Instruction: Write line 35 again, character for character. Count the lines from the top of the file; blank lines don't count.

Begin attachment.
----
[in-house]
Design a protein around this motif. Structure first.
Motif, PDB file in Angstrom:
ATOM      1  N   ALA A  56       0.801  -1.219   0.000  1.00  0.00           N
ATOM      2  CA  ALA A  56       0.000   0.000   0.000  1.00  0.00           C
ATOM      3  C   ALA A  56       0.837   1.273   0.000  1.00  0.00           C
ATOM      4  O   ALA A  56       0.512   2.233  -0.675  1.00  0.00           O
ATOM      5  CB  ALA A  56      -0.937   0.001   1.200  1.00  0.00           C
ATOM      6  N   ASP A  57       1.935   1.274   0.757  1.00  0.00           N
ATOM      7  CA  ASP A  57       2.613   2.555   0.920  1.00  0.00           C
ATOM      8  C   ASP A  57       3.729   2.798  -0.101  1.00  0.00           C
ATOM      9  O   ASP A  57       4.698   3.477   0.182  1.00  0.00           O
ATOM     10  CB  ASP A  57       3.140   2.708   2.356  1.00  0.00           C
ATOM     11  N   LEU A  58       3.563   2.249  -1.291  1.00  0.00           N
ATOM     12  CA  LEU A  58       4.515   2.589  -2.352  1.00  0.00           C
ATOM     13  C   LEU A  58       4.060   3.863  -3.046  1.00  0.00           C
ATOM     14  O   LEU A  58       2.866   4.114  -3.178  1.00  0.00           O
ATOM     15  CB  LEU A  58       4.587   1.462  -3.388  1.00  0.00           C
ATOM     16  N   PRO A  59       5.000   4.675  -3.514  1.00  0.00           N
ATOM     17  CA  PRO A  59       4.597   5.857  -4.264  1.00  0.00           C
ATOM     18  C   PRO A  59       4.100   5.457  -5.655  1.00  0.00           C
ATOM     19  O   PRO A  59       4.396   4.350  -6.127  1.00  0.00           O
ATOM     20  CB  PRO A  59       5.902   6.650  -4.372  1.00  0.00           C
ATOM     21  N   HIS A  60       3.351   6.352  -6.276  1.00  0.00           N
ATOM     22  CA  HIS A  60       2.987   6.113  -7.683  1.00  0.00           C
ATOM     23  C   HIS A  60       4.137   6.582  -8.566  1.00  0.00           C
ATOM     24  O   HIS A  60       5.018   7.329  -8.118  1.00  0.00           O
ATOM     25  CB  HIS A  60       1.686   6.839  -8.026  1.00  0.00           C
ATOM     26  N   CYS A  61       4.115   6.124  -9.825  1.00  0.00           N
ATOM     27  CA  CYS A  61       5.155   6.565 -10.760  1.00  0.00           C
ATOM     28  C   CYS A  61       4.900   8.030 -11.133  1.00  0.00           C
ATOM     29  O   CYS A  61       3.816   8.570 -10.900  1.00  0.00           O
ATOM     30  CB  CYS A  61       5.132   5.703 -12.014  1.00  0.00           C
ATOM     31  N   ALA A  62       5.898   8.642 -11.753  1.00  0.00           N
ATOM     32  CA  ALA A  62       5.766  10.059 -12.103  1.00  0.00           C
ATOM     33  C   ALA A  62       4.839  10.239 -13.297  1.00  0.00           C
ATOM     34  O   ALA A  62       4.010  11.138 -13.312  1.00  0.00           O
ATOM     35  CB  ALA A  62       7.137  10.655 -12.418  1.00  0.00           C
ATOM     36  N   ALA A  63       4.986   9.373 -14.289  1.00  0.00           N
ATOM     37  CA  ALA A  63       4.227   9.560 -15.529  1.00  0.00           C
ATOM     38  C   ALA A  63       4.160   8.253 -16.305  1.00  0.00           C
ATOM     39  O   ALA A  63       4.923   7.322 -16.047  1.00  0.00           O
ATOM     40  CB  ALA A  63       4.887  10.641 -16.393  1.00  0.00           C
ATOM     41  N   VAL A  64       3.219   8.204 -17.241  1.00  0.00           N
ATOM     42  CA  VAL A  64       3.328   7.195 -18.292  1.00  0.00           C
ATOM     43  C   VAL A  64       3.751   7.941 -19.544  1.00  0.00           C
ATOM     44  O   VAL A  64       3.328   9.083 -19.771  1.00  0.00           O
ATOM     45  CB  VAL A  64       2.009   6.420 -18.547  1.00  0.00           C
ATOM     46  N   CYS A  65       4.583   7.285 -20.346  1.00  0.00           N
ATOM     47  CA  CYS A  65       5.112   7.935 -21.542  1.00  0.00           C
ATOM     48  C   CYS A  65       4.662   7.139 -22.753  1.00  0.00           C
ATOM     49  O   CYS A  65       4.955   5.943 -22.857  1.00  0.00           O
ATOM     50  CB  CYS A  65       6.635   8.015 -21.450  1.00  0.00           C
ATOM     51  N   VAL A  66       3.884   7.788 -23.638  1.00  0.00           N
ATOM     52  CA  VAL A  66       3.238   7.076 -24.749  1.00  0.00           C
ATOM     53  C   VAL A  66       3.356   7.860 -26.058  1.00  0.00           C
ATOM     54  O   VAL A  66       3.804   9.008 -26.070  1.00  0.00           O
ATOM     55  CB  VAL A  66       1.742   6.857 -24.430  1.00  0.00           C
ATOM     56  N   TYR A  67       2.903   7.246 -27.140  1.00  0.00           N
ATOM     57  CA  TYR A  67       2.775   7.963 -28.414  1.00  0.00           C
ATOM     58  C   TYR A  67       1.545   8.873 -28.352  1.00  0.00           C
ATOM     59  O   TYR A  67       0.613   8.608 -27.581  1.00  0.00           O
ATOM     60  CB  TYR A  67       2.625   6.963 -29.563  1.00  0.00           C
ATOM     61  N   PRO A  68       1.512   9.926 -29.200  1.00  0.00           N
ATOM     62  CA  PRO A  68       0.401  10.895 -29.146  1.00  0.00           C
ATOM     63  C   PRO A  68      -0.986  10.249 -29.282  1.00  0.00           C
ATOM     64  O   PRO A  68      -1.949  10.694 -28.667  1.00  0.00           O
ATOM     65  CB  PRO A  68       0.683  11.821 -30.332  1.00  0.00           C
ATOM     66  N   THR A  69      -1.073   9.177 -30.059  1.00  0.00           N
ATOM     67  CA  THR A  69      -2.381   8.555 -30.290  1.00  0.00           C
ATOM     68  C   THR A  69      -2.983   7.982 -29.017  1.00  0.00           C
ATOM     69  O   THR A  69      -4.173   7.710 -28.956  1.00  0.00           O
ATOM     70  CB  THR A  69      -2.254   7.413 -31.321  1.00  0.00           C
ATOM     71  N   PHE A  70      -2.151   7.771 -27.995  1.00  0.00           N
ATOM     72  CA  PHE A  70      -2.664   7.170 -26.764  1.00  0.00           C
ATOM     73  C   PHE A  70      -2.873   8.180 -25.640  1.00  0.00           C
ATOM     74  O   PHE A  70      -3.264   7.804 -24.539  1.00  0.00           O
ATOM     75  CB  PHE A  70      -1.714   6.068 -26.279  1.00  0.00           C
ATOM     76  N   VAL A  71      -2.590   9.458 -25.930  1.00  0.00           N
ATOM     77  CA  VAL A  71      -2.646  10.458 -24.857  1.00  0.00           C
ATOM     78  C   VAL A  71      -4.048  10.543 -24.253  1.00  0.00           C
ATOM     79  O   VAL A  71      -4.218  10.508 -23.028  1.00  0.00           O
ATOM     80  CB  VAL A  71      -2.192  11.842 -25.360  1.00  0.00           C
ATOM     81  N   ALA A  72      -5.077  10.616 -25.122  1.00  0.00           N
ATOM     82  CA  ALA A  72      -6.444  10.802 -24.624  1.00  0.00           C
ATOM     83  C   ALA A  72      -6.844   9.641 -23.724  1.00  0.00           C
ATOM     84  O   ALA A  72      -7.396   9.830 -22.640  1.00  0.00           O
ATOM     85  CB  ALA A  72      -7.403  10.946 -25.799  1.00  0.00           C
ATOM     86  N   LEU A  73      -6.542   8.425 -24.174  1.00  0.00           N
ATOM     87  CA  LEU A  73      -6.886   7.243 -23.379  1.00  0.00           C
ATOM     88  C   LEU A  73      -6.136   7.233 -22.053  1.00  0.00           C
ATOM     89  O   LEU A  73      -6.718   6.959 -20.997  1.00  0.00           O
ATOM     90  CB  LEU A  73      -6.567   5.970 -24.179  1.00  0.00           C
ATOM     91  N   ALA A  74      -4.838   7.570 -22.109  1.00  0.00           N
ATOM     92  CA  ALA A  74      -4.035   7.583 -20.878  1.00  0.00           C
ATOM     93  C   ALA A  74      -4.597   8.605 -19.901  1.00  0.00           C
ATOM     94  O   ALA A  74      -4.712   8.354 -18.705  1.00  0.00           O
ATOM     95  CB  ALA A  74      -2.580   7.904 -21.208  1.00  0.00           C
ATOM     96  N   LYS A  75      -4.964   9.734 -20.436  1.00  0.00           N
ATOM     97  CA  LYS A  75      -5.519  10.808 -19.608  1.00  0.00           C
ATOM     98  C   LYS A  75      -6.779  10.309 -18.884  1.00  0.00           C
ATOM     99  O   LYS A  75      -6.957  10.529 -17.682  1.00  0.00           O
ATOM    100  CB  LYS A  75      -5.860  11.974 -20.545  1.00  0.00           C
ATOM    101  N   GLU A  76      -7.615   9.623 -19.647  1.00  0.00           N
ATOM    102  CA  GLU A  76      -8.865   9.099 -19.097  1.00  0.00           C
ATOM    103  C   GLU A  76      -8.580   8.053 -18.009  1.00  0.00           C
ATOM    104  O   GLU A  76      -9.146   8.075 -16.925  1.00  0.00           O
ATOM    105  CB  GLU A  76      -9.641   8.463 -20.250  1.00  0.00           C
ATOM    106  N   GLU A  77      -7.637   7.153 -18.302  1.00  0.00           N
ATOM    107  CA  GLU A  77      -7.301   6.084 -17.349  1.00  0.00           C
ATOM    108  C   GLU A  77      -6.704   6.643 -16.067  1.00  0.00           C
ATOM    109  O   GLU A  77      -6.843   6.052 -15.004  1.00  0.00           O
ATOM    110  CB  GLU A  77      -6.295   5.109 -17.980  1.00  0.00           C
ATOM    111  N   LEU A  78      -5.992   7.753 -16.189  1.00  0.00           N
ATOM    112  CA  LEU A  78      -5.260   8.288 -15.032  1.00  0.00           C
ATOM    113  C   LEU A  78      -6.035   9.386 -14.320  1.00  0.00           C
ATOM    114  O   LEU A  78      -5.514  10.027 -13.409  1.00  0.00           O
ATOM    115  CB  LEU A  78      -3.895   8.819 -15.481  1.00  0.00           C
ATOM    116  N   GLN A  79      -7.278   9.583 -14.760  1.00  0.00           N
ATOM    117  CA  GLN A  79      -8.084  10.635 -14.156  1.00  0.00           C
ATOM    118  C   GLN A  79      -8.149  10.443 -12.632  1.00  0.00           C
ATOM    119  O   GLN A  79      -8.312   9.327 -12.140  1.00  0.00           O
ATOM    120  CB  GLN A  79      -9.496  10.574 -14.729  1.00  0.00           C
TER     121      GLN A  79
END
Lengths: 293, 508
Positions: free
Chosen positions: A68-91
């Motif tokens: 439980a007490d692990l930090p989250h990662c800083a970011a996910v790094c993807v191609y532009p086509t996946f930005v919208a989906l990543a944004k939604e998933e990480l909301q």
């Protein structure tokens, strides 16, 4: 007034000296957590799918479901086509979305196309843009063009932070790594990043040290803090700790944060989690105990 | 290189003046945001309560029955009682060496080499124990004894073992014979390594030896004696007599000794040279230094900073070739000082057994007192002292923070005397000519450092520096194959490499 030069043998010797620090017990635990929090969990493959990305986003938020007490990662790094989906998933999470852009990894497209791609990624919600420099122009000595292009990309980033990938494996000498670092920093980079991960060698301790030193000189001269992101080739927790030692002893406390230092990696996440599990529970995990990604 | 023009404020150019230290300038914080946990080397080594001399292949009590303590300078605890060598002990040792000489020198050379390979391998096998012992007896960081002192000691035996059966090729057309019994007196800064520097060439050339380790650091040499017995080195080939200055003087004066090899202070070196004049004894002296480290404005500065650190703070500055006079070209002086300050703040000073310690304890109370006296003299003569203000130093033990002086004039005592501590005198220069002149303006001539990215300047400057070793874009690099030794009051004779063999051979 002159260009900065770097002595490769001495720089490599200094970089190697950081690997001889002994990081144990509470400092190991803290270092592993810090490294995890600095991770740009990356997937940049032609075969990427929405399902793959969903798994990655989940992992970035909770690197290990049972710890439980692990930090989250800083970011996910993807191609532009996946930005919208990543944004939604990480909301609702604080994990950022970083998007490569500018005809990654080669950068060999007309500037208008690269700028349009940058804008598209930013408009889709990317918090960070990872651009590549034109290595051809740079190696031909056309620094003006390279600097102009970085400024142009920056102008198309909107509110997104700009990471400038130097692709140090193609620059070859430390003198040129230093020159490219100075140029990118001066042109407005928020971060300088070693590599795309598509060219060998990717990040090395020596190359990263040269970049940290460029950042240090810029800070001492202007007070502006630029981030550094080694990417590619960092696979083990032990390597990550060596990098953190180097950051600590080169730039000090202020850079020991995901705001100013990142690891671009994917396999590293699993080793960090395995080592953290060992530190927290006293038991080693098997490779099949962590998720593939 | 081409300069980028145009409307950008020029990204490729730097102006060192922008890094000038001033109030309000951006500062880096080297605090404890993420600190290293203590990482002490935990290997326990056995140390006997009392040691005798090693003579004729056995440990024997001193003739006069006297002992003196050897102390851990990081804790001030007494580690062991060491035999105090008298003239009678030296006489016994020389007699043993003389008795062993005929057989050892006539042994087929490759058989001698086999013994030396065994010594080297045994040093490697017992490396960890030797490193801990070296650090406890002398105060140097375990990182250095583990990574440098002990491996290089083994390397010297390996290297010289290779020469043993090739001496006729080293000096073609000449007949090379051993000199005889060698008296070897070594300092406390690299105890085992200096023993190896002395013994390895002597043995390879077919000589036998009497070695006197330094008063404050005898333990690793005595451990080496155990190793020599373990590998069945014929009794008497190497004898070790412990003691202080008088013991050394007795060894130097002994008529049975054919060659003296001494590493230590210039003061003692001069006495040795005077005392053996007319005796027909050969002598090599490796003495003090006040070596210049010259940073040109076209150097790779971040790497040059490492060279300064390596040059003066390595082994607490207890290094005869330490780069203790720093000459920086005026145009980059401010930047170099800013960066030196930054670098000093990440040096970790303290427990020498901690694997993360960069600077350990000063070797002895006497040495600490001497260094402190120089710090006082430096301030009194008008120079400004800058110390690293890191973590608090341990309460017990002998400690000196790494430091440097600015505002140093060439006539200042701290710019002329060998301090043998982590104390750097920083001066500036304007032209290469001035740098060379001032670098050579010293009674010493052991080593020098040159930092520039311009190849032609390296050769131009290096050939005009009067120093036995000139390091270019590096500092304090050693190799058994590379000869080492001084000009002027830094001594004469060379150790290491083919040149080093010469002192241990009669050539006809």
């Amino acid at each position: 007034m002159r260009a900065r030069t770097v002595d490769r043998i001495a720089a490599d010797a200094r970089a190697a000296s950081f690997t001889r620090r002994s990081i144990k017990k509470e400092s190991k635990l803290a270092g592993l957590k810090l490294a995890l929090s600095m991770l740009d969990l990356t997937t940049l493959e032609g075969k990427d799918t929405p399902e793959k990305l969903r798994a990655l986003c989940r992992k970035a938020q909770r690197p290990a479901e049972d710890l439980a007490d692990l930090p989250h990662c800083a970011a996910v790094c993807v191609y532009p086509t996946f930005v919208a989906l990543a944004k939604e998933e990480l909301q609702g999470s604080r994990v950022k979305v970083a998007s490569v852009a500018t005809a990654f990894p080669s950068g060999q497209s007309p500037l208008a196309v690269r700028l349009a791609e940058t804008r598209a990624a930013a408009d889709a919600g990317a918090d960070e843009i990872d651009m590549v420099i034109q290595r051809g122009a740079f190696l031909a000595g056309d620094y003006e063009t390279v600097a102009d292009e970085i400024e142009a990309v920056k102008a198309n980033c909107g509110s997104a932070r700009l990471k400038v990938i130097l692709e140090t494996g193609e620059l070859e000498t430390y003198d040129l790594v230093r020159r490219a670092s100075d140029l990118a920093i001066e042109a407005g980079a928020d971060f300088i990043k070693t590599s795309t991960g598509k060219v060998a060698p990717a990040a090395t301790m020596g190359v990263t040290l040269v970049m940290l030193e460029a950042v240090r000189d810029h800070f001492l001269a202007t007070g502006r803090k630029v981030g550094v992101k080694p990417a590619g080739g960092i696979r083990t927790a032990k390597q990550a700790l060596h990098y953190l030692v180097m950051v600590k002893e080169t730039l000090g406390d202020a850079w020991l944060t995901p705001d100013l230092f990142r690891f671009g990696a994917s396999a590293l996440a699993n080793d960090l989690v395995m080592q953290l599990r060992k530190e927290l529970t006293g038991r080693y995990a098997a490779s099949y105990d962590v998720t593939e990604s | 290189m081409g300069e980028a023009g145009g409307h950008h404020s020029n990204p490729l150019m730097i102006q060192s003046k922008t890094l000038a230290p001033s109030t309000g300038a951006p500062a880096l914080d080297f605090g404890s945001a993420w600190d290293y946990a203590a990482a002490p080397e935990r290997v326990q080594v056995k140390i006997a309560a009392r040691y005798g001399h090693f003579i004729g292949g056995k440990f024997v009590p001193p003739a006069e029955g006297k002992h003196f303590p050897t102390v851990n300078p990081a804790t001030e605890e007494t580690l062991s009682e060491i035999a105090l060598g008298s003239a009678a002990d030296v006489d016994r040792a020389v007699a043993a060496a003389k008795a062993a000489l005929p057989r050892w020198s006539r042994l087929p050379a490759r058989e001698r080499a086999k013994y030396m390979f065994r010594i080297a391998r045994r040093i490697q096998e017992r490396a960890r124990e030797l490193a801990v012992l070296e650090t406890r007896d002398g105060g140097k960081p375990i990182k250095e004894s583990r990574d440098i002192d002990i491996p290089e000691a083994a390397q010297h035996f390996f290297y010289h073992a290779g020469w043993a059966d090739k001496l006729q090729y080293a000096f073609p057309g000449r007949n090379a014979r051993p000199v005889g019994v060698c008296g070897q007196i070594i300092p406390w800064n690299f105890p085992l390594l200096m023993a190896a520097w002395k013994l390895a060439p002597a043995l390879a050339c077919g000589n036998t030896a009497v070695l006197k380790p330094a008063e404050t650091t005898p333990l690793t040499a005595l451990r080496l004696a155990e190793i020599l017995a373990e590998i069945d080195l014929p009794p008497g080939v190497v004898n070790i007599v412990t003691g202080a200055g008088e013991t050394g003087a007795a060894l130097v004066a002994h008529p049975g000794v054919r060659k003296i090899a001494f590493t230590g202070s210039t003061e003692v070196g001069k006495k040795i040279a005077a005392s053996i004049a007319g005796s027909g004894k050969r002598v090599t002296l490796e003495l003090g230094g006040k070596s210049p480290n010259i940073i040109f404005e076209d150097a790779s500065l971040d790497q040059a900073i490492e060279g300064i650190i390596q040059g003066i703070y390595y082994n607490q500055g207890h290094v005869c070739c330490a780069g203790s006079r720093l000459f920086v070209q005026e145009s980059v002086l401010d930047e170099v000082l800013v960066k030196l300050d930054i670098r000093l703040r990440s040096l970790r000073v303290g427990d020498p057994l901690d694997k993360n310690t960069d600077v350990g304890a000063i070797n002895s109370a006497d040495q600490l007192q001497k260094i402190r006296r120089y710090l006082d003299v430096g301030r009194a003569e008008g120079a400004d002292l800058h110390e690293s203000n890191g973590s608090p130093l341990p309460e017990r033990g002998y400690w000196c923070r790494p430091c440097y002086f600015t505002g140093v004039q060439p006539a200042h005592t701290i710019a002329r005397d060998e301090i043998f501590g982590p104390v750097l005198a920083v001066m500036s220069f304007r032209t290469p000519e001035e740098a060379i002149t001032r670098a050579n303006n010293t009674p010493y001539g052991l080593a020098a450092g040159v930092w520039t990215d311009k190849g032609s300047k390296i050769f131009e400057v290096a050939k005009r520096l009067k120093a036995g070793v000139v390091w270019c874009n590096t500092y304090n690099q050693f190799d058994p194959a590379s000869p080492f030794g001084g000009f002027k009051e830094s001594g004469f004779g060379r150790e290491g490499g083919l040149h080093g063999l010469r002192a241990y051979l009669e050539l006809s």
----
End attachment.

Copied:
ATOM     32  CA  ALA A  62       5.766  10.059 -12.103  1.00  0.00           C